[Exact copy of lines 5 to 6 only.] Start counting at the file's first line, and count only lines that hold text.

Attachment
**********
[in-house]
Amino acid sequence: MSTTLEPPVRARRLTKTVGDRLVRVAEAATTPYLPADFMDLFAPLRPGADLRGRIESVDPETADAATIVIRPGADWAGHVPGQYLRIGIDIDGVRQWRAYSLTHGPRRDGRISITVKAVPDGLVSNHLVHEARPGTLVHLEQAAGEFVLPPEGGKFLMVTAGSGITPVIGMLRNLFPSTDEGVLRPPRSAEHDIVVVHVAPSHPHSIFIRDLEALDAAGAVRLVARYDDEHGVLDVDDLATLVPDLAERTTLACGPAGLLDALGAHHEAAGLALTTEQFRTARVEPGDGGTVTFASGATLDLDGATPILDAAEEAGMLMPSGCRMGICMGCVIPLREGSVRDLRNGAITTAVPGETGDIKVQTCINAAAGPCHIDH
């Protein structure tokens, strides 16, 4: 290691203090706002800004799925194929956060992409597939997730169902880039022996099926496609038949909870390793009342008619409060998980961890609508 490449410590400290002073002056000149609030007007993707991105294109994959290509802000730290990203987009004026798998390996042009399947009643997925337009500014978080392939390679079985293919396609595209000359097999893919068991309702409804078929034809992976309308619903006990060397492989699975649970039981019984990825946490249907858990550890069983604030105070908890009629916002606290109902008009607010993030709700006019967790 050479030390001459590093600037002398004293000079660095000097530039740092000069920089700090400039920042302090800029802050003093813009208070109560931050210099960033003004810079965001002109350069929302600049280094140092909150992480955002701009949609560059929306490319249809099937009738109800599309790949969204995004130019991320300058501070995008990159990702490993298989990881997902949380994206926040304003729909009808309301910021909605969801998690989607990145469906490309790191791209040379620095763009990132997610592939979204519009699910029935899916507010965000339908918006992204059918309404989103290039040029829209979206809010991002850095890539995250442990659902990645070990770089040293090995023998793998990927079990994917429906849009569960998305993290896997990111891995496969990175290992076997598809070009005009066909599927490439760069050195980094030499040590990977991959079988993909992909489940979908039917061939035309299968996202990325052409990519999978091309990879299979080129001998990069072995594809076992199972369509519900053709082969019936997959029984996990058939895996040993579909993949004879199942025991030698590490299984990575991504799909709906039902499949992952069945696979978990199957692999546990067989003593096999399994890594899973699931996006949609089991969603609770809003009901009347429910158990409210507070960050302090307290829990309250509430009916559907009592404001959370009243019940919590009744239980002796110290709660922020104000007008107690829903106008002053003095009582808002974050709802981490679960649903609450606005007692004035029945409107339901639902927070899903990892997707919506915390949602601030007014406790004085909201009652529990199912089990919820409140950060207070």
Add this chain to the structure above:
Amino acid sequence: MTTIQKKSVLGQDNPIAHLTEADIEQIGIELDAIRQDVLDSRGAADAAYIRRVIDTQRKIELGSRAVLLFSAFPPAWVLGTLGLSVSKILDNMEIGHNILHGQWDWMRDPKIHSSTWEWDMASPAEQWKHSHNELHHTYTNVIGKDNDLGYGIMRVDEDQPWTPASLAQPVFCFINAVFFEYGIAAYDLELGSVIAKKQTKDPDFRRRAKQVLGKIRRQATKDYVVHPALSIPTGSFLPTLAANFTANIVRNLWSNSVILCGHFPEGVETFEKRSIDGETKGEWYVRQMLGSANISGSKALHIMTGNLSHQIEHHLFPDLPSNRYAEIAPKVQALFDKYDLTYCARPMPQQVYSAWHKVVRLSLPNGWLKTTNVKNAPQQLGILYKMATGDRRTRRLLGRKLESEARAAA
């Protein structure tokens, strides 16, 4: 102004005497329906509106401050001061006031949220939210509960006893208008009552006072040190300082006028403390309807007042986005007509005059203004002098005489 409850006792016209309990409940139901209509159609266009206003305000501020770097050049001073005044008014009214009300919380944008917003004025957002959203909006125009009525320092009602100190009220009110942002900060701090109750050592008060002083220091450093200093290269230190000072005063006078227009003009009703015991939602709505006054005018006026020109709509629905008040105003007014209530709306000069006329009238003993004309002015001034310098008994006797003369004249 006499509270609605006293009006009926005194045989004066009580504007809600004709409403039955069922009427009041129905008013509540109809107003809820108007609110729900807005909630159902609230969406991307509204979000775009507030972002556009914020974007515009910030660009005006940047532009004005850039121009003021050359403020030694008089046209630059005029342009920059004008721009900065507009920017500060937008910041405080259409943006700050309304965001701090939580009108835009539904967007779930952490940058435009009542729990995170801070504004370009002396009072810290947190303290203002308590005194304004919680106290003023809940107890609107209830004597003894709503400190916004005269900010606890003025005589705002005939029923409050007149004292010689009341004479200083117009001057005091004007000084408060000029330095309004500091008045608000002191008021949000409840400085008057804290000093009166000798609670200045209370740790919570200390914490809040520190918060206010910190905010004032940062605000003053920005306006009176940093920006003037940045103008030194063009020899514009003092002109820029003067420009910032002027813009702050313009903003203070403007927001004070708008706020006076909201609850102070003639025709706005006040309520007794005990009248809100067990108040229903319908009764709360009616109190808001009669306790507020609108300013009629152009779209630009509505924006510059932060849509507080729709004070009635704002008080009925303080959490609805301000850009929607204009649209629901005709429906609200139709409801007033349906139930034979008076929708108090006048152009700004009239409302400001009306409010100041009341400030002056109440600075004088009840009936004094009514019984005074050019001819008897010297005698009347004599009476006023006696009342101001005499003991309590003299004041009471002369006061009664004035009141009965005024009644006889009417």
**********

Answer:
Amino acid sequence: MTTIQKKSVLGQDNPIAHLTEADIEQIGIELDAIRQDVLDSRGAADAAYIRRVIDTQRKIELGSRAVLLFSAFPPAWVLGTLGLSVSKILDNMEIGHNILHGQWDWMRDPKIHSSTWEWDMASPAEQWKHSHNELHHTYTNVIGKDNDLGYGIMRVDEDQPWTPASLAQPVFCFINAVFFEYGIAAYDLELGSVIAKKQTKDPDFRRRAKQVLGKIRRQATKDYVVHPALSIPTGSFLPTLAANFTANIVRNLWSNSVILCGHFPEGVETFEKRSIDGETKGEWYVRQMLGSANISGSKALHIMTGNLSHQIEHHLFPDLPSNRYAEIAPKVQALFDKYDLTYCARPMPQQVYSAWHKVVRLSLPNGWLKTTNVKNAPQQLGILYKMATGDRRTRRLLGRKLESEARAAA
């Protein structure tokens, strides 16, 4: 102004005497329906509106401050001061006031949220939210509960006893208008009552006072040190300082006028403390309807007042986005007509005059203004002098005489 409850006792016209309990409940139901209509159609266009206003305000501020770097050049001073005044008014009214009300919380944008917003004025957002959203909006125009009525320092009602100190009220009110942002900060701090109750050592008060002083220091450093200093290269230190000072005063006078227009003009009703015991939602709505006054005018006026020109709509629905008040105003007014209530709306000069006329009238003993004309002015001034310098008994006797003369004249 006499509270609605006293009006009926005194045989004066009580504007809600004709409403039955069922009427009041129905008013509540109809107003809820108007609110729900807005909630159902609230969406991307509204979000775009507030972002556009914020974007515009910030660009005006940047532009004005850039121009003021050359403020030694008089046209630059005029342009920059004008721009900065507009920017500060937008910041405080259409943006700050309304965001701090939580009108835009539904967007779930952490940058435009009542729990995170801070504004370009002396009072810290947190303290203002308590005194304004919680106290003023809940107890609107209830004597003894709503400190916004005269900010606890003025005589705002005939029923409050007149004292010689009341004479200083117009001057005091004007000084408060000029330095309004500091008045608000002191008021949000409840400085008057804290000093009166000798609670200045209370740790919570200390914490809040520190918060206010910190905010004032940062605000003053920005306006009176940093920006003037940045103008030194063009020899514009003092002109820029003067420009910032002027813009702050313009903003203070403007927001004070708008706020006076909201609850102070003639025709706005006040309520007794005990009248809100067990108040229903319908009764709360009616109190808001009669306790507020609108300013009629152009779209630009509505924006510059932060849509507080729709004070009635704002008080009925303080959490609805301000850009929607204009649209629901005709429906609200139709409801007033349906139930034979008076929708108090006048152009700004009239409302400001009306409010100041009341400030002056109440600075004088009840009936004094009514019984005074050019001819008897010297005698009347004599009476006023006696009342101001005499003991309590003299004041009471002369006061009664004035009141009965005024009644006889009417």